In George’s bathroom, the existing cabinetry was retained and the rest of the space updated with coordinating marble tile, classic brass hardware, white ‘Cararra’ countertops, and the same light blue paint color as his bedroom.
A palette of pink, green, and yellow brings a cheerful air to 5-year-old Jane’s bedroom. “She’s so full of life and energy, and she was very adamant about painting her room pink,” Jen says. “We chose a lighter shade that could serve as a backdrop for changing décor when she’s a teenager.” The scene over the bed is a 1970s piece purchased from South Main Creative.
THRILL OF THE HUNT
Jen shares a retail space with John Bell of Sweet Home Furnishings and Chris Clement of clement in Little Rock’s SoMa neighborhood. Whether shopping for home or store, here are her tips for finding true gems.
Before shopping, consider what you already have. “Sometimes you can get hung up on an item’s intended use. We try to think, What do we have and how could we repurpose it?” the designer says.
Search the Sales
Estate sales are well-known founts of vintage finds. Jen’s advice? “A lot of people don’t take the time to go through the garage, and there are lots of treasures there that get missed because people want to see the swanky furniture.”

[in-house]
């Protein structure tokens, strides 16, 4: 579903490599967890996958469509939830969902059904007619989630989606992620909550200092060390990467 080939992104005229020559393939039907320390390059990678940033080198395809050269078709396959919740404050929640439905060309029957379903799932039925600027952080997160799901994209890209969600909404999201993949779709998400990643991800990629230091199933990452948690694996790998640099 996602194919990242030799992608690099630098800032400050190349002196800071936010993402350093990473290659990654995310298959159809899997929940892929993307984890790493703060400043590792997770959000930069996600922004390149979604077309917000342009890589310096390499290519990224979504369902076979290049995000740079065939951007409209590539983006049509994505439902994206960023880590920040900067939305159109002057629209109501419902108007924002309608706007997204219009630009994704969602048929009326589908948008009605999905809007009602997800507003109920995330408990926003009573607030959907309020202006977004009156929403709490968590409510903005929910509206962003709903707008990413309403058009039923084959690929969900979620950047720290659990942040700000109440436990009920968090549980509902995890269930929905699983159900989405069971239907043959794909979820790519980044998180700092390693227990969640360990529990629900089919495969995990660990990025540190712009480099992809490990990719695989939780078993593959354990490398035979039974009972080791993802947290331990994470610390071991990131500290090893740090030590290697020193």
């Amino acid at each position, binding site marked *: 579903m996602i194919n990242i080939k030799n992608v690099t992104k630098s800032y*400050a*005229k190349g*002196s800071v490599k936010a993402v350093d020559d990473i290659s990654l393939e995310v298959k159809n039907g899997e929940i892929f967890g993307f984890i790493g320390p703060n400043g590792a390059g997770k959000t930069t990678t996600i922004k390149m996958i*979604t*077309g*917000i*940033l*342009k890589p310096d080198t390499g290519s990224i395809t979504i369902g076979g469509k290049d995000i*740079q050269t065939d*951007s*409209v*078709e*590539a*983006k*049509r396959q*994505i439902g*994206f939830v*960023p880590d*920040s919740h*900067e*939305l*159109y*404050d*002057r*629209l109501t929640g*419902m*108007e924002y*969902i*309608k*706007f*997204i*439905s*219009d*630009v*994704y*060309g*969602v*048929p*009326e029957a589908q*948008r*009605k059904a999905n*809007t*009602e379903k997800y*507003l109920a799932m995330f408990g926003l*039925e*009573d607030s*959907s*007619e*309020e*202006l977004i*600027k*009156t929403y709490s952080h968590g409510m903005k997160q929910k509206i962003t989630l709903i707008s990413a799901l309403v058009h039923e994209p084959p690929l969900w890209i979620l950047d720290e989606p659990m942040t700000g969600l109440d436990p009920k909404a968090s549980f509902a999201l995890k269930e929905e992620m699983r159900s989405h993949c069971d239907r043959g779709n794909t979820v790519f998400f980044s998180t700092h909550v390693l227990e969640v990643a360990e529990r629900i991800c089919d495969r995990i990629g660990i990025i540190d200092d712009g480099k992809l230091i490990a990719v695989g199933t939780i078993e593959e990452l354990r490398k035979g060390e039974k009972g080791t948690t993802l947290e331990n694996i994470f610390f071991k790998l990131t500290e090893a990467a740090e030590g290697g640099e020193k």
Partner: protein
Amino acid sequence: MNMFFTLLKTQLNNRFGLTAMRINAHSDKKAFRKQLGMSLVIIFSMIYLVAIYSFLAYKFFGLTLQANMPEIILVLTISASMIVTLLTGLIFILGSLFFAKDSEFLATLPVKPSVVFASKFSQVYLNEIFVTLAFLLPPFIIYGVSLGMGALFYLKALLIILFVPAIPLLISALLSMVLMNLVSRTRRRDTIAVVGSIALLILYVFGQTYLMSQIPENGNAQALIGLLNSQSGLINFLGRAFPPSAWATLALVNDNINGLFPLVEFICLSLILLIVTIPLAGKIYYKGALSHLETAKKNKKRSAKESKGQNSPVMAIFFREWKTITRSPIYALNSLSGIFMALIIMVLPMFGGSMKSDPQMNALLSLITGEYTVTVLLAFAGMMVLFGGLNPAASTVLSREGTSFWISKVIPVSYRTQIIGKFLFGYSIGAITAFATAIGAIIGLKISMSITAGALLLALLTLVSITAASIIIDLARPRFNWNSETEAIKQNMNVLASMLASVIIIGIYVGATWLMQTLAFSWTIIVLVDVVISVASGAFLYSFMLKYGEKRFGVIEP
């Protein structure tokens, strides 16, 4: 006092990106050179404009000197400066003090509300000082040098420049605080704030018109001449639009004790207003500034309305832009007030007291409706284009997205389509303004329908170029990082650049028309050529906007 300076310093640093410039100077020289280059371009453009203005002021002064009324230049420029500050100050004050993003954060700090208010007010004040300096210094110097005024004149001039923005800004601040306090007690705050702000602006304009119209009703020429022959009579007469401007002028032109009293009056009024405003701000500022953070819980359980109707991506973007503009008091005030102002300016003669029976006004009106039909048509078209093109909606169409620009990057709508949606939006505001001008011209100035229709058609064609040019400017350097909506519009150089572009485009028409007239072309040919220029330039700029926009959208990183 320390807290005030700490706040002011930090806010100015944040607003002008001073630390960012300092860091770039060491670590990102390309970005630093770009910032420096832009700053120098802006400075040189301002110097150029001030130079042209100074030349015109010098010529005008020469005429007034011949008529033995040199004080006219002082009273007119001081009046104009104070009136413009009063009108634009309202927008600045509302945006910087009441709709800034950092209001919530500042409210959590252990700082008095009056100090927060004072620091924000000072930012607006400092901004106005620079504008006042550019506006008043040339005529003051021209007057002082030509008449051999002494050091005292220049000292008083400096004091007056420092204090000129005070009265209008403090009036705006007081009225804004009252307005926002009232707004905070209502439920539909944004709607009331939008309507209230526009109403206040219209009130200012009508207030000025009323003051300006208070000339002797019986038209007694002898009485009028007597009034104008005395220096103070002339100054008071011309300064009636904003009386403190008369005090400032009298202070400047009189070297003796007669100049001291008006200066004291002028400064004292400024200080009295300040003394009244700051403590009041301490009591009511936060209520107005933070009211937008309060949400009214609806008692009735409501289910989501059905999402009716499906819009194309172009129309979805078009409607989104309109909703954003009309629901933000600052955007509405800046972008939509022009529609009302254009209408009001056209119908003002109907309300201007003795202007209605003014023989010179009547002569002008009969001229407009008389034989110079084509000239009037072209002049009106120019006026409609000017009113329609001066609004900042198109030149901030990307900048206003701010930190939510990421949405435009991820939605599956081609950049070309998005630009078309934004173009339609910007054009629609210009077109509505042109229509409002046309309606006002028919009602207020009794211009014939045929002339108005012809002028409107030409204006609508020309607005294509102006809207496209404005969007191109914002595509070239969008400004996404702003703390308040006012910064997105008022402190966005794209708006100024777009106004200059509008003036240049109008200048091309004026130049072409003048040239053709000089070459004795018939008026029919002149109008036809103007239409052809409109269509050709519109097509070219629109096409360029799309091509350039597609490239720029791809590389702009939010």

Searching takes perseverance. When visiting charity shops, you might need to spend more time looking, but the price is always right. “You never know what you’re going to find or why someone might have been getting rid of something.”
Follow the Leaders
Vintage malls and antiques stores have curated their selections, meaning what you find has already been vetted for quality. Jen’s favorites, of course, are Sweet Home Furnishings & clement. “Our decorating and style is so influenced by them; every room has a piece of their touch in it.”
Place a Bid
Look to local online auctions, eBay, and even Instagram for flash sales, and keep an open mind. “When you’re buying something vintage, it might not always be perfect, but ask yourself, Can I live with this? If you can, it’s a great find.”
Contractor Jacob White, Jacob White Construction Company Interior design Jen Bienvenu, J. Bienvenu Interiors Accessories, art, and furniture Fabulous Finds, J. Bienvenu Interiors, Midtown Vintage, Roy Dudley Estate Sales, Sweet Home Furnishings & clement, South Main Creative Cabinetry, millwork, and painting Jacob White Construction Company Carpet, flooring, and tile ProSource of Little Rock Countertops Triton Stone Group Fireplace A-1 Chimney Pro, Inc. Fixtures J. Bienvenu Interiors Hardware Kaufman By Design West Lighting J. Bienvenu Interiors, Kaufman By Design West, Roy Dudley Estate Sales, The Shade Above, and Sweet Home Furnishings & clement Mirrors J. Bienvenu Interiors and West Little Rock Glass Paint Benjamin Moore Rugs J. Bienvenu Interiors, ProSource of Little Rock, and South Main Creative Window coverings Budget Blinds of West Little Rock and J. Bienvenu Interiors